Indian and Chinese troops ‘pull back’ in Ladakh zone
Indian and Chinese troops on Thursday began withdrawing from Gogra-Hot Springs in eastern Ladakh after reaching a consensus during the 16th round of military talks in July, a joint statement released by India’s defence ministry said.
“On 8th September 2022, according to the consensus reached in the 16th round of India China Corps Commander Level Meeting, the Indian and Chinese troops in the area of Gogra-Hot Springs (Patrolling Point-15) have begun to disengage in a coordinated and planned way, which is conducive to the peace and tranquillity in the border areas,” the joint statement said.
The joint statement came ahead of the Shanghai Co-operation Organisation (SCO) meet in Uzbekistan next week which Prime Minister Narendra Modi, Chinese President Xi Jinping and Russian President Vladimir Putin are expected to attend. India and China have been tilting towards Russia since the Ukraine war had pitted Putin against the West.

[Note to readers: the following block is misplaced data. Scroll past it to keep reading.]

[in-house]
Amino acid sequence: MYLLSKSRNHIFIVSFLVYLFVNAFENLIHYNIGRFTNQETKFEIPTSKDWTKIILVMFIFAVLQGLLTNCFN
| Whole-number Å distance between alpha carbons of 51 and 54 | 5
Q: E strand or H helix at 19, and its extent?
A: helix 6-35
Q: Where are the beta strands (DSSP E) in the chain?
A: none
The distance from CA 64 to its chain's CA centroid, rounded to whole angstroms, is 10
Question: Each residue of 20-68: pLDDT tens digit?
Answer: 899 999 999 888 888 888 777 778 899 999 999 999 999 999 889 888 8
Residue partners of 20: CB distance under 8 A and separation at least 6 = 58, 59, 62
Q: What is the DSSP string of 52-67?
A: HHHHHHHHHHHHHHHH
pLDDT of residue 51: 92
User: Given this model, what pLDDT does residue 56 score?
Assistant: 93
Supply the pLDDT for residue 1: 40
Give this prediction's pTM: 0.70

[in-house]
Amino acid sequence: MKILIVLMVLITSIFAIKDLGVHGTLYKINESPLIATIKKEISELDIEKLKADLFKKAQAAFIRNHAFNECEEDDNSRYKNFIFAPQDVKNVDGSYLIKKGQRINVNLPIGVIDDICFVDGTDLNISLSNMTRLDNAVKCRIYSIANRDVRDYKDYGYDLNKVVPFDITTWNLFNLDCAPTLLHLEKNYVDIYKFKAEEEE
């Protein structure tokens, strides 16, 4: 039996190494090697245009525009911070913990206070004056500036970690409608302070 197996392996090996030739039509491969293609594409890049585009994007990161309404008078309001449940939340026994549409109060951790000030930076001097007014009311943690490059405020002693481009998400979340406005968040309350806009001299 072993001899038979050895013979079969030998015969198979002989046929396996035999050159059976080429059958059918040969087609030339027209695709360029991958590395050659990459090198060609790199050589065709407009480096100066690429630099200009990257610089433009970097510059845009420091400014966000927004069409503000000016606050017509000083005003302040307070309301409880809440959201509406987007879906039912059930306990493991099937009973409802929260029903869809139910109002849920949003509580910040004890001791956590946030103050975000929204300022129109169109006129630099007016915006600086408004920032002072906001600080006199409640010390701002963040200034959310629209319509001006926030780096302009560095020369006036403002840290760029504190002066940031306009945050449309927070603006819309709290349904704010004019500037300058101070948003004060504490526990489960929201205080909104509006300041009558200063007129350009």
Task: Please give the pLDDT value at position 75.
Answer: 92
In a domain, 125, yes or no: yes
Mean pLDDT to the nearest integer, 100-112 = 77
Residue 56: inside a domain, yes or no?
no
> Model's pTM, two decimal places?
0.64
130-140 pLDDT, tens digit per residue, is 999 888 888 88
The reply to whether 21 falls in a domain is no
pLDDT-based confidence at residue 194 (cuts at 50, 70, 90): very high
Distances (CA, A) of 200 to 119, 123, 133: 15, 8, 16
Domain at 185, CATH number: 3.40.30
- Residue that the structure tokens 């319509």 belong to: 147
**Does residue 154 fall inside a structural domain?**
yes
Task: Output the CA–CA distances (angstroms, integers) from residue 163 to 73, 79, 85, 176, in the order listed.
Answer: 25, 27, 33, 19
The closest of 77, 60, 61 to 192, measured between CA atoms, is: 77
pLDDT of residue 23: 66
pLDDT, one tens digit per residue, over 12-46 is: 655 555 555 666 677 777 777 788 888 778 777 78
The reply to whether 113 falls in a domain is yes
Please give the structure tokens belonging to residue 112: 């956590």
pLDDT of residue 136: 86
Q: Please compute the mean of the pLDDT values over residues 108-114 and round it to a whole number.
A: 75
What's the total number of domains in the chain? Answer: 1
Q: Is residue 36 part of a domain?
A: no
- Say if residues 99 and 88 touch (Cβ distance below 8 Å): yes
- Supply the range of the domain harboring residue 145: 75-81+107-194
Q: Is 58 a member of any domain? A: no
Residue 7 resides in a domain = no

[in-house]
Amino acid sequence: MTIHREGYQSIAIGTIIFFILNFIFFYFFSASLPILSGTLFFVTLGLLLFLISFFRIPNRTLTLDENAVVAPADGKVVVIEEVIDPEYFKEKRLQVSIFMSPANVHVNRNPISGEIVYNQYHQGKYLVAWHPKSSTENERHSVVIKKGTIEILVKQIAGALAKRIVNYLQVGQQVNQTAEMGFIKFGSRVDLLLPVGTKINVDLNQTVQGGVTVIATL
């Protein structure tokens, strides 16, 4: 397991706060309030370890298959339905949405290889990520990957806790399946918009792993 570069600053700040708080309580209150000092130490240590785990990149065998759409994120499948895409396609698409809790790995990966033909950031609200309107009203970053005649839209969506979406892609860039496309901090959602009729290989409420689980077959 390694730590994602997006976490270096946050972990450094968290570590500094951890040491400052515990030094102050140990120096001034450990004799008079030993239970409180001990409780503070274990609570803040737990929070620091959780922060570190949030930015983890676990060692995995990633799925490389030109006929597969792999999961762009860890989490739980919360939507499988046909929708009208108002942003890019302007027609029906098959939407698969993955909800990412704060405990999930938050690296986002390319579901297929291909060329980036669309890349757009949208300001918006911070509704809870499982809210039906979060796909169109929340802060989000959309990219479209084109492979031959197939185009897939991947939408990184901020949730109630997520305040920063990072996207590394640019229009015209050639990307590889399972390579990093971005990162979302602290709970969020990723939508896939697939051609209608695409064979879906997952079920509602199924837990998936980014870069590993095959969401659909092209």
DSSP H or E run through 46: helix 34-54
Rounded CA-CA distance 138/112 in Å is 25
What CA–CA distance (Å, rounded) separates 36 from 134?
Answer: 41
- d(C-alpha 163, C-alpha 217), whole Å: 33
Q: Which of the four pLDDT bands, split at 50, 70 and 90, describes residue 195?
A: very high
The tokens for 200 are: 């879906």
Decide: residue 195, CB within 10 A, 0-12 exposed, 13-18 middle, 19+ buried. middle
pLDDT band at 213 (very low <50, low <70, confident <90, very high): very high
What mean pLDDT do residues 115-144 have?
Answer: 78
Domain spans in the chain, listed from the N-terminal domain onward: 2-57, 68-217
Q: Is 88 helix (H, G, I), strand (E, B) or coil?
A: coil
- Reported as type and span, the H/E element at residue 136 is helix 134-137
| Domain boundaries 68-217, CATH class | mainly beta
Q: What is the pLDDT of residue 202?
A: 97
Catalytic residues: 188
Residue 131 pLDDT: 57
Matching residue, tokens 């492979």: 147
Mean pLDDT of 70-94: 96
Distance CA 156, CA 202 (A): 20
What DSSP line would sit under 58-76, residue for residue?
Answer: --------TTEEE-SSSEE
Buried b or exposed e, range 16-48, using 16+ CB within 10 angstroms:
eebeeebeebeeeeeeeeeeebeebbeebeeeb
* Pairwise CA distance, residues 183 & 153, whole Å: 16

The statement did not specify whether any terms and conditions had been laid down by the Chinese troops or whether a “buffer zone” had been created as part of the disengagement process.
In the past, there has been “partial” disengagement from the Galwan Valley, the Pangong Lake and Gogra by creating a demilitarised “buffer zone” with the Chinese stepping back a few kilometres while allegedly still remaining within India-claimed lines.
The Chinese are yet to disengage from the strategic Depsang Plains where the People’s Liberation Army (PLA) is said to be entrenched 18km inside India-claimed lines.
Military veteran and former Ladakh corps commander Lt Gen Rakesh Sharma said in a tweet: “…What does disengagement imply? How much distance is the patrolling moratorium along Kurang Nallah at PP15? It is, however, a significant step forward.”
The Chinese PLA has opened several fronts since April 2020 in eastern Ladakh along the Line of Actual Control and is estimated to have taken over nearly 1,000sqkm of India-claimed territory.
The tension between the two sides escalated manifold after the Galwan Valley clashes in which 20 Indian soldiers and four Chinese soldiers were killed.